We were looking at character in my eighth-grade English class. We had done the standard – what they do, what they say, what others say about them, but I wanted them to look deeper. I wanted my students to draw conclusions and see the patterns and meaning behind the character’s behavior.
Because that is when things get interesting.
Why do they do what they do? Why do surface traits contrast with deeper beliefs? What does that say about the character?
We are reading To Kill a Mockingbird which contains so many great characters, but we also tried this technique with a short story and it worked beautifully (“In Your Hat” by Ellen Conford).
I found a discussion of dimensions in Story Engineering by Larry Brooks. You can find a lot of great techniques for breaking down story parts at Brooks’s website – storyfix.com. It is a great site for anyone trying to teach or learn the structure underlying stories.
The technique asked writers to look at three dimensions of character:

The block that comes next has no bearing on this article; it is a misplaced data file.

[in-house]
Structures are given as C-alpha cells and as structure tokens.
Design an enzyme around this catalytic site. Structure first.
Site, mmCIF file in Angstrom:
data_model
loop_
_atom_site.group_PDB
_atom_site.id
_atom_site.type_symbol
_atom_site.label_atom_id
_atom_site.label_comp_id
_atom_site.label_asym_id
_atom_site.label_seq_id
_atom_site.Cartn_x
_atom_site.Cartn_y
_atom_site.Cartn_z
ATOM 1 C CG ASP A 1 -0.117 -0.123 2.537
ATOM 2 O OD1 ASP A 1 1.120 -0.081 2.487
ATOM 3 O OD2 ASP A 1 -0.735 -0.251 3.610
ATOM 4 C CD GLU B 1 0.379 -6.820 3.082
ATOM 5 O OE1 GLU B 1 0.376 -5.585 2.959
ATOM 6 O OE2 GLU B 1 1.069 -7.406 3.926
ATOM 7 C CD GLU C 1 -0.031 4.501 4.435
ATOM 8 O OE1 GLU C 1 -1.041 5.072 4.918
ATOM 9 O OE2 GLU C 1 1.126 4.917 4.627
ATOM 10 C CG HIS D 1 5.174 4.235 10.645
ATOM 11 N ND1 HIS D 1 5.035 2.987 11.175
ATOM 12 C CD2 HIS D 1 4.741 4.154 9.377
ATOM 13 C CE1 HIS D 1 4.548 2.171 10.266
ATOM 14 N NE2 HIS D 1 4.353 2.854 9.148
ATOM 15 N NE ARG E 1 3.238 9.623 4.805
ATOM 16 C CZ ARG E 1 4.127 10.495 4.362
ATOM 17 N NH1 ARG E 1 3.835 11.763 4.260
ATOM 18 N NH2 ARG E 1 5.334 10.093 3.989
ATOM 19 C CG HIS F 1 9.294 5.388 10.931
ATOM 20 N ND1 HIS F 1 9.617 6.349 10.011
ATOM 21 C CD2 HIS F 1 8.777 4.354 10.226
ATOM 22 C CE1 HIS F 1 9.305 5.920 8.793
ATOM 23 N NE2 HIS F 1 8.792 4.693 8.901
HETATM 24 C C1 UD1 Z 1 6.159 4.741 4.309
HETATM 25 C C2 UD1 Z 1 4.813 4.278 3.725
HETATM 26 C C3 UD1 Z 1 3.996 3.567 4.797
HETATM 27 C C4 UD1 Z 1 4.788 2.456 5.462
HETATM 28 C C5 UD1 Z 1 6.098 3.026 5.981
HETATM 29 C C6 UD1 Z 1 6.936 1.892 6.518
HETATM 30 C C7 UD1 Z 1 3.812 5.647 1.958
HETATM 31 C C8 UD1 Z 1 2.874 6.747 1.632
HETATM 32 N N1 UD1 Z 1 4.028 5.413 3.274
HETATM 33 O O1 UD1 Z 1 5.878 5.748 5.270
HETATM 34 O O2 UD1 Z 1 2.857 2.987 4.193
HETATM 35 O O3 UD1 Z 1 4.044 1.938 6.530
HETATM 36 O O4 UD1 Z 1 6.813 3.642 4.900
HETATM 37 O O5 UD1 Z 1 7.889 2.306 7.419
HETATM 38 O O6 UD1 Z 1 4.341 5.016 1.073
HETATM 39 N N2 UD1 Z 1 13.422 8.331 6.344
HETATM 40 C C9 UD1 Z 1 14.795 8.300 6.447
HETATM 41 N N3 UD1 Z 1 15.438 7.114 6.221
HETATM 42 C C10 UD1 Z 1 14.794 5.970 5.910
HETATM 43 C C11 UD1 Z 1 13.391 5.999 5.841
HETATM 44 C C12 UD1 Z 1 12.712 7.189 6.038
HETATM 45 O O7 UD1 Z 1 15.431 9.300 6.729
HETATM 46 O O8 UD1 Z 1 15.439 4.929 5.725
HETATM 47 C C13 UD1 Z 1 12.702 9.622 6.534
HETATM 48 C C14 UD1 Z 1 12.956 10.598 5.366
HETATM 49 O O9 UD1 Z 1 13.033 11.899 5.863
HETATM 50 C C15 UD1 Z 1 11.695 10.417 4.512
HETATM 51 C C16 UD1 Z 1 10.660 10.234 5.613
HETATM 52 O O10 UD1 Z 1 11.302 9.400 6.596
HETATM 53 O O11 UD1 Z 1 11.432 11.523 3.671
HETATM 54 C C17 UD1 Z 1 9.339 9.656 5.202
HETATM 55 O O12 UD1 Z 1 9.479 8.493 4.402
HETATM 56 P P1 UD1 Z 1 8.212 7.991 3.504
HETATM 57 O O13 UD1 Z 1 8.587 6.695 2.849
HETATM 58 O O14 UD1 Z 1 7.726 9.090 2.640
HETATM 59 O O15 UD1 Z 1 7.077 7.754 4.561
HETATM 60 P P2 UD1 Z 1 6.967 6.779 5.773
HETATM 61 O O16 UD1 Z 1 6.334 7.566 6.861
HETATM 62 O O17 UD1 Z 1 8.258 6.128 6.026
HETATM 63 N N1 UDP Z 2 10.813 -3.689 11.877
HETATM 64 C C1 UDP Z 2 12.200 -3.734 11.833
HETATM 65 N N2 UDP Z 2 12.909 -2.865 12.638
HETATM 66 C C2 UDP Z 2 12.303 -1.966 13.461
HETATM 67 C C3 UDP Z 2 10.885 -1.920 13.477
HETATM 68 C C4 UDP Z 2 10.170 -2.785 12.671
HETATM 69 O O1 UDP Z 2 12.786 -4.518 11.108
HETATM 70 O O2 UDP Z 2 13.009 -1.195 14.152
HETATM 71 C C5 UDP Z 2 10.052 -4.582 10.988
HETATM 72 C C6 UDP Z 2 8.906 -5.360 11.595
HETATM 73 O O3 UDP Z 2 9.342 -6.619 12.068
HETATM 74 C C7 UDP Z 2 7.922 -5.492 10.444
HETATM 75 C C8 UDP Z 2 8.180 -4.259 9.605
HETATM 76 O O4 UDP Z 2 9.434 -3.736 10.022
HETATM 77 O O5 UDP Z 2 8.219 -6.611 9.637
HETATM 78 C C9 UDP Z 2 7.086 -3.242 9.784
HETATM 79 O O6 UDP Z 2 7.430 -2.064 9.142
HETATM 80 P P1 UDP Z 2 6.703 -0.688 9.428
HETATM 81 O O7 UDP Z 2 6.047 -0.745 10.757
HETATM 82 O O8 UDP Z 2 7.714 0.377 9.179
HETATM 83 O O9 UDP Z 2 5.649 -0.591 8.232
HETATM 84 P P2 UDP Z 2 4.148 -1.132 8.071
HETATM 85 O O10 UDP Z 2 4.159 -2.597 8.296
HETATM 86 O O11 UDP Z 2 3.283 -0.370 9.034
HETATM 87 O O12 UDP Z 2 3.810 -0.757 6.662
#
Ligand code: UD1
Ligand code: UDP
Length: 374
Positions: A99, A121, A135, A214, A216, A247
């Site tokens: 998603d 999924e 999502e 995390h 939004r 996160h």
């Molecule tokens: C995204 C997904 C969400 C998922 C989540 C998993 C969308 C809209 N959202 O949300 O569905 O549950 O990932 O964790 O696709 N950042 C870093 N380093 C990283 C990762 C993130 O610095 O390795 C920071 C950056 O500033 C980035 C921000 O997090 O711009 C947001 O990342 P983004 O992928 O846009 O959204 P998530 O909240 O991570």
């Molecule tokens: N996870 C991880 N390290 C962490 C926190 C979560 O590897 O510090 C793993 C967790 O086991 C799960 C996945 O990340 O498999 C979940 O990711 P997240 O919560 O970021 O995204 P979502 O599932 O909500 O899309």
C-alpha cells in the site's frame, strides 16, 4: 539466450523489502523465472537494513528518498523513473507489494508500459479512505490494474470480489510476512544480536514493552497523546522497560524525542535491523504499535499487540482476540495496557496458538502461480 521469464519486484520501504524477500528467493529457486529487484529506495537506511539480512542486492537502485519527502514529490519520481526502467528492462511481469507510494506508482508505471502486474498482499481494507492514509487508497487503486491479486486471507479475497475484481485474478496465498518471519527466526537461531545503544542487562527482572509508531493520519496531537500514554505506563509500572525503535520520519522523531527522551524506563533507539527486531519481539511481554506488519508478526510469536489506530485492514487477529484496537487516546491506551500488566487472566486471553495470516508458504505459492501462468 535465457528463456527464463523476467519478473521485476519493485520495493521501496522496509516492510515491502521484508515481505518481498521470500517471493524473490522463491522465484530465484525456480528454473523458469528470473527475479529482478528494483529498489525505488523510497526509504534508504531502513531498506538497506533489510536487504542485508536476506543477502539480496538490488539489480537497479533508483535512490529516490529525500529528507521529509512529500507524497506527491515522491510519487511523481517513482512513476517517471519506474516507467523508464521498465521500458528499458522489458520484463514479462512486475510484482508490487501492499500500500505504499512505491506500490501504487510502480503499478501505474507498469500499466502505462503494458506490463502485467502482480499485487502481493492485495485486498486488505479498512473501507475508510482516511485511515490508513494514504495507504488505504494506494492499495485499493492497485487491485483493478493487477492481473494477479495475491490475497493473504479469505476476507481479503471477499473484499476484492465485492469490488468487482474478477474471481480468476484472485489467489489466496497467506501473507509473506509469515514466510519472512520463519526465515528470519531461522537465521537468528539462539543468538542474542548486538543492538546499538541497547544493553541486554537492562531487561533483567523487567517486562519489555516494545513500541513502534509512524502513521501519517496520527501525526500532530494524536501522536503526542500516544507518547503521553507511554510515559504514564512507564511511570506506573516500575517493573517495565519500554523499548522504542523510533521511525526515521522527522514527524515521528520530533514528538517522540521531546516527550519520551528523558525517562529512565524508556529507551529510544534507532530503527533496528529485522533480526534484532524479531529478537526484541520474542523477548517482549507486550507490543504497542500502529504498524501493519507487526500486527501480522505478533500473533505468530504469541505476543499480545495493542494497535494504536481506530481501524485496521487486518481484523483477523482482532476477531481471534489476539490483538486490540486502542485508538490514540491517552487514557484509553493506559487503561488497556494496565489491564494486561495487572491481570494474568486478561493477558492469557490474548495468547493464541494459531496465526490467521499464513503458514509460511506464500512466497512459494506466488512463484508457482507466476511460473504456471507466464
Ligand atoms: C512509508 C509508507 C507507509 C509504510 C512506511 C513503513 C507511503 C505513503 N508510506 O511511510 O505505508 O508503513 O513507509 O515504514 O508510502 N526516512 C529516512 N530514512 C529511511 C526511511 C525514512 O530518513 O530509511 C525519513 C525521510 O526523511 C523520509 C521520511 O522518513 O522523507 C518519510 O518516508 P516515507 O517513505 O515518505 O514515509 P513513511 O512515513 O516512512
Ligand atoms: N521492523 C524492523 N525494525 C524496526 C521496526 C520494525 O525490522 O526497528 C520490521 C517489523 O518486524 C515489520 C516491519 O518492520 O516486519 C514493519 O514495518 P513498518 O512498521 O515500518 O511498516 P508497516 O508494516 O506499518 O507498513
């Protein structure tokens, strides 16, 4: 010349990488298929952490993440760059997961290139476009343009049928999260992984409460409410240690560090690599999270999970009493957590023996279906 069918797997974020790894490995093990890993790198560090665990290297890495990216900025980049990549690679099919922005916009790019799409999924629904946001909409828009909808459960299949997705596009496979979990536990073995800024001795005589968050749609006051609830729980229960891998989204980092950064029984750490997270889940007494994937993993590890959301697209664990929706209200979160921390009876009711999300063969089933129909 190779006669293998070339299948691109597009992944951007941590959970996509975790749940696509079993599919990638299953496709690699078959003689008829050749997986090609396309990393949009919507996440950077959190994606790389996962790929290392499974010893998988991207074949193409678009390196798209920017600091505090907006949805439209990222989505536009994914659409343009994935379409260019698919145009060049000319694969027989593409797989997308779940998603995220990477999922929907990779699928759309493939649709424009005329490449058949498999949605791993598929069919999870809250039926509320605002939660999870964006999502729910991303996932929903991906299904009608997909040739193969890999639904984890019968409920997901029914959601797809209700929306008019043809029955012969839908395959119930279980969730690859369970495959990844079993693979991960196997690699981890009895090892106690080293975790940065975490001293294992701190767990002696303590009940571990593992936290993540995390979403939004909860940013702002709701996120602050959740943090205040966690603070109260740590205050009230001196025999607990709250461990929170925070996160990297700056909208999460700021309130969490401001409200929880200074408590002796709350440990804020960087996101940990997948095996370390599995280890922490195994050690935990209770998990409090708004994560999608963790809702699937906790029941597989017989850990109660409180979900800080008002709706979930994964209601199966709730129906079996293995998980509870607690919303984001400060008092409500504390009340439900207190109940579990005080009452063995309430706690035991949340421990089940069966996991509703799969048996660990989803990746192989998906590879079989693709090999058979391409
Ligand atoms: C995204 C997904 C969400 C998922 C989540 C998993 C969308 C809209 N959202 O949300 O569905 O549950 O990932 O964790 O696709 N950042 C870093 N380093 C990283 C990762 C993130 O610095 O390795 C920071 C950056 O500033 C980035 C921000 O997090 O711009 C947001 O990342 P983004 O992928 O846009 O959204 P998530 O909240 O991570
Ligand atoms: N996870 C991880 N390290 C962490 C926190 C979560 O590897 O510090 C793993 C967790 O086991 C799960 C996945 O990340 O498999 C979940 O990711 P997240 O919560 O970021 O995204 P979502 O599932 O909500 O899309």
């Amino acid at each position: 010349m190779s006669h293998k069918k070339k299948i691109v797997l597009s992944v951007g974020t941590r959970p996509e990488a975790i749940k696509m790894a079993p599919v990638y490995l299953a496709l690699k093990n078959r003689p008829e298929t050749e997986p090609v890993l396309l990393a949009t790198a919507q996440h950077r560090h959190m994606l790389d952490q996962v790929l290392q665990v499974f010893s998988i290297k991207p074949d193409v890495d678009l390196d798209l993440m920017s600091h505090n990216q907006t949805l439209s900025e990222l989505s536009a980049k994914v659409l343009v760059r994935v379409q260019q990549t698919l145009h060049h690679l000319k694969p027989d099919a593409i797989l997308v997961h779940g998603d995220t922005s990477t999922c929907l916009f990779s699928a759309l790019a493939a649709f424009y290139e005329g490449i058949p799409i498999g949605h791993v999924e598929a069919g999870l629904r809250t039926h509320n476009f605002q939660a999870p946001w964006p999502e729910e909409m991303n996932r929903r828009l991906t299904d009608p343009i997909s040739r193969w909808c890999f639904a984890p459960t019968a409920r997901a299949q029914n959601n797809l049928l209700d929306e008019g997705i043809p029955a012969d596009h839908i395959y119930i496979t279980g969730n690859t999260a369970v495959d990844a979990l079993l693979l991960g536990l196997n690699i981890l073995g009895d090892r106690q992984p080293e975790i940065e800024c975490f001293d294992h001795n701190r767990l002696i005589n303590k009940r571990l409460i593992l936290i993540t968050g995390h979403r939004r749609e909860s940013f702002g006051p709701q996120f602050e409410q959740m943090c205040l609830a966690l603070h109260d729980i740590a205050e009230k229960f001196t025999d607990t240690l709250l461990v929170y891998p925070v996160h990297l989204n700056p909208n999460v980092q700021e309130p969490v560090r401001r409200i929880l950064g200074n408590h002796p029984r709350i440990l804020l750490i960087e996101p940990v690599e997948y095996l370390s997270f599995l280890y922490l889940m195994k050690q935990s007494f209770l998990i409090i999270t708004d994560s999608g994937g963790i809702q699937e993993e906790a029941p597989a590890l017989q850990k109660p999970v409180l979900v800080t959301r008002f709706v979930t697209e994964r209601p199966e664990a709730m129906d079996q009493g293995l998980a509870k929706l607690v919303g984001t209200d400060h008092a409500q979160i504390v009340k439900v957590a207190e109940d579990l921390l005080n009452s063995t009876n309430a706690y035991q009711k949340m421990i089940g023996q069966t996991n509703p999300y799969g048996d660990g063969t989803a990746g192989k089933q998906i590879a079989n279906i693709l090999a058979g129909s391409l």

The first dimension – What you see on the surface of a character and their interactions with their world. We looked at Scout’s first dimension. She spends long summer days with her brother Jem and Dill. She wears overalls and occasionally tries out a little cussing. She fights unless Atticus tells her not to.
The second dimension – Why the character does and says the things they do. I loved what my students discovered about Scout when we started to discuss this dimension. They pointed out that she doesn’t have a mother, so it is probably important that she fit in with the boys. They argued that while Jem is growing up, Scout is finding her identity in a town that likes to stereotype. I was blown away by their ability to take their thinking deeper when they had a method to guide them.
The third dimension – The choices a character makes and actions they take when the stakes are high. We discussed the possibility that Scout is torn between fitting in and standing out. She wants to be her own person, but she also wants to be a part of society.
After learning how to navigate the dimensions, the students filled in a simple three box chart to brainstorm the first, second, and third dimensions and wrote an essay on a character from To Kill a Mockingbird. They had much more to say after thinking about the layers of character.
Next week, we are using this technique on our own short stories. I hope it helps give the dying soldiers, broken-hearted girls, Soviet spies, and post-apocolyptic survivors populating our stories the texture readers expect and deserve.